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Edamame

Native to Japan, Edamame is a highly nutritious food crop, about 40% protein and high in vitamins A, B, calcium and iron. Meaning Twig Bean, Edamame is similar to the field soybean, but it has been bred for larger seeds, sweeter flavor, more creamy texture and easier digestion. Growing Edamame is as easy as growing Bush Beans. Harvest Edamame when most of the pods are green, tender and plump, well before they begin to turn yellow. Shelled Edamame may be eaten straight out of the pod raw, or cooked and used in salads, soups, stews, stir-fries or casseroles. Instead of snacking on popcorn, munch Edamame. Boil the pods in salted water for 5 minutes, drain, sprinkle lightly with sea salt. While warm, gently squeeze the warm, sweet and salty Edamame out of the pods between your teeth.

Average seed life: 1 year.

Karikachi Edamame

Karikachi Edamame Karikachi Edamame Karikachi Edamame Karikachi Edamame Karikachi Edamame
90 days. Our prized Japanese import has three large seeds per pod with excellent, sweet flavor and a pleasing dark green color once blanched or frozen. Karikachi is quite reliable with high yields and good disease-resistance. (OP.)

One packet of about 80 seeds
Catalog #1297
$4.75
  • Buy 10 for $4.30 each and save 10%
  • Buy 50 for $3.55 each and save 26%

Availability: In stock

$4.75

Gardening Tips

Edamame Sowing Instructions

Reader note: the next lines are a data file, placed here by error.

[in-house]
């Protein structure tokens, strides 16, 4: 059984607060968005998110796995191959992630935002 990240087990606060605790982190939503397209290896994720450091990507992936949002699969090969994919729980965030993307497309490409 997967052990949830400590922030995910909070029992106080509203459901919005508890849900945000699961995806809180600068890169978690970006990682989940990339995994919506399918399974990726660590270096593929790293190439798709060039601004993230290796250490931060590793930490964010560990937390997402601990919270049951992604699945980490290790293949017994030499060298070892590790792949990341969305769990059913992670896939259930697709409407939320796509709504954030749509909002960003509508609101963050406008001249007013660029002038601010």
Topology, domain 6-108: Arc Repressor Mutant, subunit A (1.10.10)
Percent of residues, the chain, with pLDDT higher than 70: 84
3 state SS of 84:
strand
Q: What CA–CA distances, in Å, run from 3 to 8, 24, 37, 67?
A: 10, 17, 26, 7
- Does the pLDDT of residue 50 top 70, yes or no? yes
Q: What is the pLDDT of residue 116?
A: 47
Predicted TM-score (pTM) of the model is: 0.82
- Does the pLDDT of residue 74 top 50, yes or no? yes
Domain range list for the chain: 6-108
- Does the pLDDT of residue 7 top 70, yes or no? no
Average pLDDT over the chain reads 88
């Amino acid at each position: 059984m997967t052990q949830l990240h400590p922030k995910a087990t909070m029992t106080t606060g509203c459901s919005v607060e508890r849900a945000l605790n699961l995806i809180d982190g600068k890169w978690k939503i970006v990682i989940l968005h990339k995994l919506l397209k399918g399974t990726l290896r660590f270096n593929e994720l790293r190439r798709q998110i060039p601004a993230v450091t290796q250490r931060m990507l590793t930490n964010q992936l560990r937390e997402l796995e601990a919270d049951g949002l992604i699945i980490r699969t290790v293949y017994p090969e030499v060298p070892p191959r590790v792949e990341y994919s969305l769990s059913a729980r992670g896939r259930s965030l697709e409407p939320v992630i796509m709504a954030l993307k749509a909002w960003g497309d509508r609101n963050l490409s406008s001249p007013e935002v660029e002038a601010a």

Planting Depth
:1”
Row Spacing:18”-36”
Seed Spacing:3”-6”
Days to Germination:7-14 days
Germination Temperature:60°-80°F

Growing Edamame is as easy as growing Bush Beans. It also loves sun and well-draining, fertile soil. Direct-sow Edamame when the soil has warmed to 60°F and all danger of frost has passed. Amend the soil as needed with organic fertilizer, compost and/or well-aged manure. Cool, wet weather may necessitate a second planting: Edamame seeds rot in cold, damp soil. After planting, do not water until the sprouts emerge, unless it is very hot and dry. After emergence, and throughout the season, avoid watering the foliage. Water by soaking the soil around the plants and fertilize with kelp or fish emulsion as needed. Harvest Edamame when its inedible pods are green, tender and plump, well before they turn yellow. Meaning ‘twig bean’ in Japanese, Edamame is similar to the field soybean although it has been bred for larger seeds, sweeter flavor, a more creamy texture and easier digestion. Chill, freeze, boil or blanch the pods shortly after picking before their sugars convert to starch. Most commonly boiled for 5 to 10 minutes in salted water before popping them out of their pods into your mouth, Edamame is about 40% protein and high in vitamins A, B, calcium and iron.

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